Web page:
Survey: Some National-to-Local Marketers Still Need Convincing on Digital Effectiveness

National-to-Local Marketers 2016 Report - feature image

What do big national brands and retailers need to support their local marketing efforts? According to our survey analysis, although they believe they are pretty effective at supporting their local branches, stores, and distributors, they’re still relying on traditional media. They say they’re growing their digital budgets, but they don’t rate many digital technologies among their Top 5 tools.

To help suppliers of hyperlocal marketing technologies and services better meet the needs of these national-to-local marketers, Street Fight surveyed over 200 managers and decision makers at big companies in retail, financial services, and other industries. We asked them about spending patterns, perceived effectiveness, pain points, etc., around their local marketing and advertising efforts. The full report is available for download here.

Nearly half of them said they spend $1 in $3 of their digital dollars on local marketing, and 40% of them expect that mix to increase. Their favorite technologies targeted for growth this year include social media and mobile marketing. Many expressed interest in mobile push offerings (41%) and real-time location data (32%).

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When asked to name up to five of their most effective local marketing tactics, these big brands rated e-mail number one, with social media advertising also showing well. Yet they rated direct mail and local print, TV, and radio higher than digital technologies. And some tactics like SEO, digital display, and paid search look like they could use some improvement. This contrasts with small business marketers, who tend to favor digital marketing programs as their most effective.

No doubt some of that perception coincides with a tendency among the big brands to focus digital advertising and marketing on driving interactions and transactions with their corporate websites. But our survey also uncovered that their top digital marketing pain points centered on integrating marketing technologies and contradictory data analytics tools.

As these companies invest in mobile marketing and tie together cross-channel campaigns and programs, they’re going to find those difficulties increasing. They’ll need to make use of multiple data sources across audience walled gardens from Apple, Facebook, and Google, and they initially won’t be able to rely as much on their own customer data. More of them will have to adopt cross-channel dashboards and use ad tech like data management platforms more broadly across marketing initiatives. And mobile search may be a whole new ballgame.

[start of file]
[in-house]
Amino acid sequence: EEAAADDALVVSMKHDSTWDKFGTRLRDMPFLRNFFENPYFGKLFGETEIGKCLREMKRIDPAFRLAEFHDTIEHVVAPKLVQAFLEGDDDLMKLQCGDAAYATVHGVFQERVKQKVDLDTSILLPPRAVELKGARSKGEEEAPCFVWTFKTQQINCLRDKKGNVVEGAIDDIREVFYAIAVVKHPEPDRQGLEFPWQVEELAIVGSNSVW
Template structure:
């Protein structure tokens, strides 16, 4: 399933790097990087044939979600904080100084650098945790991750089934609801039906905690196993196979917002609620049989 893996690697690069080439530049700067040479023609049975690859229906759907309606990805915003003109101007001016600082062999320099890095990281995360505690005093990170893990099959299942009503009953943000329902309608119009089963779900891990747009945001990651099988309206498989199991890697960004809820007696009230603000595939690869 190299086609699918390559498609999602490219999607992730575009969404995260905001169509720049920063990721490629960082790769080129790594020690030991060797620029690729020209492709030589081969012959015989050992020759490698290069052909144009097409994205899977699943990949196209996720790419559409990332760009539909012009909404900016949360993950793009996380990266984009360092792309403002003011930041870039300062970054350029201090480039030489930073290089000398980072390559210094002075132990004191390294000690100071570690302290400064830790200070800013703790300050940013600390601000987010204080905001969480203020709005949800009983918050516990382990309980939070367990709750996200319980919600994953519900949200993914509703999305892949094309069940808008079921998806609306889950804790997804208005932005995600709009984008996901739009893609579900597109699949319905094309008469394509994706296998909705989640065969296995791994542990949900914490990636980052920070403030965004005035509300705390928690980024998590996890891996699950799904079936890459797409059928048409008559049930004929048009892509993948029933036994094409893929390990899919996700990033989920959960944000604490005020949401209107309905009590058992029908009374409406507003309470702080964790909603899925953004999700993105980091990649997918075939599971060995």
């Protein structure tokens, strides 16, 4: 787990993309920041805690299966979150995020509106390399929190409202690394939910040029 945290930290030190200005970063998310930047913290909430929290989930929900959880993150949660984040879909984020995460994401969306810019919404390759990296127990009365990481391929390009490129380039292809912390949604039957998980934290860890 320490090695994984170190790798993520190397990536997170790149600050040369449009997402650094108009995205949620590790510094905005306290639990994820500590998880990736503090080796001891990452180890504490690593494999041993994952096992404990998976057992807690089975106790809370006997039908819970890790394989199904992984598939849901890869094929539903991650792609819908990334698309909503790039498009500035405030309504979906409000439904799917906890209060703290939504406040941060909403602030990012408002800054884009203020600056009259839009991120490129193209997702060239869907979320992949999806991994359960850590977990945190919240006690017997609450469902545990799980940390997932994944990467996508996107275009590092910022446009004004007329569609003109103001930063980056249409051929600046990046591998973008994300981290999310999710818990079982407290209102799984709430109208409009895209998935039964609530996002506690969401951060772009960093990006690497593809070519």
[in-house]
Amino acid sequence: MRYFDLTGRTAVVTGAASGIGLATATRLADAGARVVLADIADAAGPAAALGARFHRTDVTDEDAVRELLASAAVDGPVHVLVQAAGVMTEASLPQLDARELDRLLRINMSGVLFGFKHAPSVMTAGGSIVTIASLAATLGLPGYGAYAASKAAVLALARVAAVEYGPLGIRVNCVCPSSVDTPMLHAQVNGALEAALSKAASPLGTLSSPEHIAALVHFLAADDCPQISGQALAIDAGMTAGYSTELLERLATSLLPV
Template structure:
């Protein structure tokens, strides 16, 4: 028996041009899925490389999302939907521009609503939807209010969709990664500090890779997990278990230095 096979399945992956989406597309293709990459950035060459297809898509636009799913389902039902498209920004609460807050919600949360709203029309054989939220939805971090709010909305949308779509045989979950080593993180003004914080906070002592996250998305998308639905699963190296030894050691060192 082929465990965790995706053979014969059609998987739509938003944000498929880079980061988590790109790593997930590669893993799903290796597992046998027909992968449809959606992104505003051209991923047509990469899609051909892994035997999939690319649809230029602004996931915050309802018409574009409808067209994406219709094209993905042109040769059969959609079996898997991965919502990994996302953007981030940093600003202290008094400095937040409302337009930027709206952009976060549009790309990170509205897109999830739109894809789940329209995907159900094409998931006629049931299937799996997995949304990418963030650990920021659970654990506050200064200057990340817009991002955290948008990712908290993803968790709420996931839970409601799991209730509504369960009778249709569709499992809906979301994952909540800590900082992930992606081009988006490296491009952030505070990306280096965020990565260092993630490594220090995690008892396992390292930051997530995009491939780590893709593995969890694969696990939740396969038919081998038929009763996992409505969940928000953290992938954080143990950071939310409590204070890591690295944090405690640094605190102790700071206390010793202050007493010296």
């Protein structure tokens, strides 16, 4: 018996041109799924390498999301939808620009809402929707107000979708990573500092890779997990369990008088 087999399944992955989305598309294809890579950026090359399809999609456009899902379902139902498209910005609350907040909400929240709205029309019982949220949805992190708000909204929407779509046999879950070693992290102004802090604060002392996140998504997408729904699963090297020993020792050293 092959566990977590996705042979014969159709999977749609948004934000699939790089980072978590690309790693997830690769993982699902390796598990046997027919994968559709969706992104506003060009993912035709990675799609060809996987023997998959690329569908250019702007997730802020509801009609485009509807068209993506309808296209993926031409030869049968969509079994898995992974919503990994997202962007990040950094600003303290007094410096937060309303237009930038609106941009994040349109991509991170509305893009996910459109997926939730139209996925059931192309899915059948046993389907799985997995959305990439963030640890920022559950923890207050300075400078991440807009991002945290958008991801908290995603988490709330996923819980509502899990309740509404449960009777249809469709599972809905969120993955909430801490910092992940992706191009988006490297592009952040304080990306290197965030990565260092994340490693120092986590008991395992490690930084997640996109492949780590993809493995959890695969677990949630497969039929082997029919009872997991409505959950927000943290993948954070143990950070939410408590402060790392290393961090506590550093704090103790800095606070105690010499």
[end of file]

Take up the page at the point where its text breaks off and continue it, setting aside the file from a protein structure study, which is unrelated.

All this presents suppliers with opportunities to help them with those challenges. Our survey suggests big brands aren’t necessarily looking to buy from a single source, as most prefer to buy “best of breed” and do the necessary integration.

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And the majority (61%) of respondents said they were “somewhat” or “very” comfortable buying from smaller suppliers and startups. In fact, those national-to-local marketers that said they were very comfortable seem to be the most effective at achieving their digital marketing objectives, as shown above. That’s a good indication that they’re adopting innovative technologies from newer suppliers and seeing positive benefits from doing so. They should make great case studies to help convince any laggards on the value of new solutions.

David Card is Street Fight’s director of research.

Click here to purchase a copy of the Street Fight Insights report, National-to-Local Marketers 2016.

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  1. June 8, 2016

    Hi David:
    I’ll be interested in reviewing the complete report.

    I am wondering about the correlation between the people, systems and processes that National brands have in place and the marketing techniques they perceive as the most effective. We are in the restaurant digital marketing space and many national brands have people and online systems in place that support the more traditional forms of marketing.

    For example, it is much easier for a local franchisee to get print materials created and distributed with the support of the corporate office than it would be to coordinate a local digital advertising campaign. A major part of the problem is the learning curve it takes to understand how to leverage local digital marketing. The other problems are access to the digital tracking data captured with the corporate online properties and making the data available to the local markets.

    Email marketing is a well understood “digital marketing” channel. It is also strongly supported by the corporate office and that is why you see it at the top of the list. I believe digital advertising will be the preferred channels once the systems, processes and people are in place at corporate to take advantage of more cost effective digital marketing over traditional media.

    Dave Gonynor, CEO
    That’s Biz

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